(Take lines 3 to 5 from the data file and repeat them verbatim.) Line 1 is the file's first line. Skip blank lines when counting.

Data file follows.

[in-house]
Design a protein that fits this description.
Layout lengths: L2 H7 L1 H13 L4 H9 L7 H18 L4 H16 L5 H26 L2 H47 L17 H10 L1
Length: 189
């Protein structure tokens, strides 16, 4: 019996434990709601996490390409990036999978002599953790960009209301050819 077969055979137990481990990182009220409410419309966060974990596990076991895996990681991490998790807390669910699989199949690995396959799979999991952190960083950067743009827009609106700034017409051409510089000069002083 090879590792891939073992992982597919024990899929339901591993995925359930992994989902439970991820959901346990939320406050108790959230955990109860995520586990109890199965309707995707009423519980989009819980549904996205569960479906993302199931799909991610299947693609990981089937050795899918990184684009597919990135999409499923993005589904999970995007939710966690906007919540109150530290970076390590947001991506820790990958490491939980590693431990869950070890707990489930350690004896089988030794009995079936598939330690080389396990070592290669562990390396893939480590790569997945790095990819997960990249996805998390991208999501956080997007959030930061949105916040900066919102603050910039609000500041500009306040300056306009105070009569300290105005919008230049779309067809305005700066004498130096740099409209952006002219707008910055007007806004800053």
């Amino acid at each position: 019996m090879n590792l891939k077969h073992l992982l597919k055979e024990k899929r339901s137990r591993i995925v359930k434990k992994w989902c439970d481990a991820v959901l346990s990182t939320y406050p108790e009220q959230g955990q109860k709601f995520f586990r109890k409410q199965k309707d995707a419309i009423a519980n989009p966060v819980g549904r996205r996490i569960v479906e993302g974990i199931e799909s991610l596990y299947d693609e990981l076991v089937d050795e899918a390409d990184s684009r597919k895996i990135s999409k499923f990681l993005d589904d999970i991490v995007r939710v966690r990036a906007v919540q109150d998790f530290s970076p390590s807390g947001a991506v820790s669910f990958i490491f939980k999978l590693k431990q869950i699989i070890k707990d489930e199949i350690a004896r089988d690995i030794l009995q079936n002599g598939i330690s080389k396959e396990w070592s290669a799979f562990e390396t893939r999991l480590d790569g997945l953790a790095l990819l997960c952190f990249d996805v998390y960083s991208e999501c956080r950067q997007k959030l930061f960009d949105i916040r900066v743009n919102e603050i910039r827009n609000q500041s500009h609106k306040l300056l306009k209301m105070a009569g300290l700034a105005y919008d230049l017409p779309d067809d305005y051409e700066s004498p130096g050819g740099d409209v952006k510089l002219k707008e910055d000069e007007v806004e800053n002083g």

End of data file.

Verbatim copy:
Layout lengths: L2 H7 L1 H13 L4 H9 L7 H18 L4 H16 L5 H26 L2 H47 L17 H10 L1
Length: 189
């Protein structure tokens, strides 16, 4: 019996434990709601996490390409990036999978002599953790960009209301050819 077969055979137990481990990182009220409410419309966060974990596990076991895996990681991490998790807390669910699989199949690995396959799979999991952190960083950067743009827009609106700034017409051409510089000069002083 090879590792891939073992992982597919024990899929339901591993995925359930992994989902439970991820959901346990939320406050108790959230955990109860995520586990109890199965309707995707009423519980989009819980549904996205569960479906993302199931799909991610299947693609990981089937050795899918990184684009597919990135999409499923993005589904999970995007939710966690906007919540109150530290970076390590947001991506820790990958490491939980590693431990869950070890707990489930350690004896089988030794009995079936598939330690080389396990070592290669562990390396893939480590790569997945790095990819997960990249996805998390991208999501956080997007959030930061949105916040900066919102603050910039609000500041500009306040300056306009105070009569300290105005919008230049779309067809305005700066004498130096740099409209952006002219707008910055007007806004800053």